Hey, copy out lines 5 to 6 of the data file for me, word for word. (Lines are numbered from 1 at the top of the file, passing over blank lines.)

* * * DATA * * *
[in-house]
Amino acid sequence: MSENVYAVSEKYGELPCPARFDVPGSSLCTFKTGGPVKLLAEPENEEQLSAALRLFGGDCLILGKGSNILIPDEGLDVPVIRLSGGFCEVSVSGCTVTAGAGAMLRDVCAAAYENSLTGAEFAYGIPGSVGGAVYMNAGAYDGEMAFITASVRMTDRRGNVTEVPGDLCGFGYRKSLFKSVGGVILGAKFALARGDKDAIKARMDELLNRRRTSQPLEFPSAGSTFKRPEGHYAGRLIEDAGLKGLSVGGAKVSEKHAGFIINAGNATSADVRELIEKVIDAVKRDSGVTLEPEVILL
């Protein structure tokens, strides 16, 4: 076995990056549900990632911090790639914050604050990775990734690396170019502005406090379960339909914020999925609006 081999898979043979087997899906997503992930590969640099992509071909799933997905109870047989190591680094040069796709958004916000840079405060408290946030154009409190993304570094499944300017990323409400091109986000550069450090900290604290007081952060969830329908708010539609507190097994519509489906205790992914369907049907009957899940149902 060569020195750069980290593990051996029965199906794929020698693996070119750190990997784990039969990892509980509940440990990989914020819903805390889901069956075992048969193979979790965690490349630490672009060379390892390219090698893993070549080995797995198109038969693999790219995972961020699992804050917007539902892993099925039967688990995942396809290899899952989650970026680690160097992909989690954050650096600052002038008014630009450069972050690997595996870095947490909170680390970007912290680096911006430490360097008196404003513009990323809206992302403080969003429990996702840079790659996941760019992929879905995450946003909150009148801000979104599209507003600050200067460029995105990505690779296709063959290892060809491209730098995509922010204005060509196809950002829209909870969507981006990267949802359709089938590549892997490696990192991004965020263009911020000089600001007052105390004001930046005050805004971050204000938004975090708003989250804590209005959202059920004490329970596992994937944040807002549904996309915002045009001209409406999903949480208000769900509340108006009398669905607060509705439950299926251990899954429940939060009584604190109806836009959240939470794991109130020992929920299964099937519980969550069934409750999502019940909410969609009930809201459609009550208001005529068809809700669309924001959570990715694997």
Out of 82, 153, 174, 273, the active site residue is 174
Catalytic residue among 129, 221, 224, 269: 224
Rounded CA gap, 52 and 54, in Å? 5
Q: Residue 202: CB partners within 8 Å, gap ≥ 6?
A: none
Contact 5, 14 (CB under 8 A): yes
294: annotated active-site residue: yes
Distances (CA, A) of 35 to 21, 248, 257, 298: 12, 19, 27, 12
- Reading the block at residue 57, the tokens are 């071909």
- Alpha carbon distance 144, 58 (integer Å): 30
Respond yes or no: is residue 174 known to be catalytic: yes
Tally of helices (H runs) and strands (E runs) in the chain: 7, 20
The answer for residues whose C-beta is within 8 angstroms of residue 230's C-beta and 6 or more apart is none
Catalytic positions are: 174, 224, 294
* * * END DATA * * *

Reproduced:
Catalytic residue among 129, 221, 224, 269: 224
Rounded CA gap, 52 and 54, in Å? 5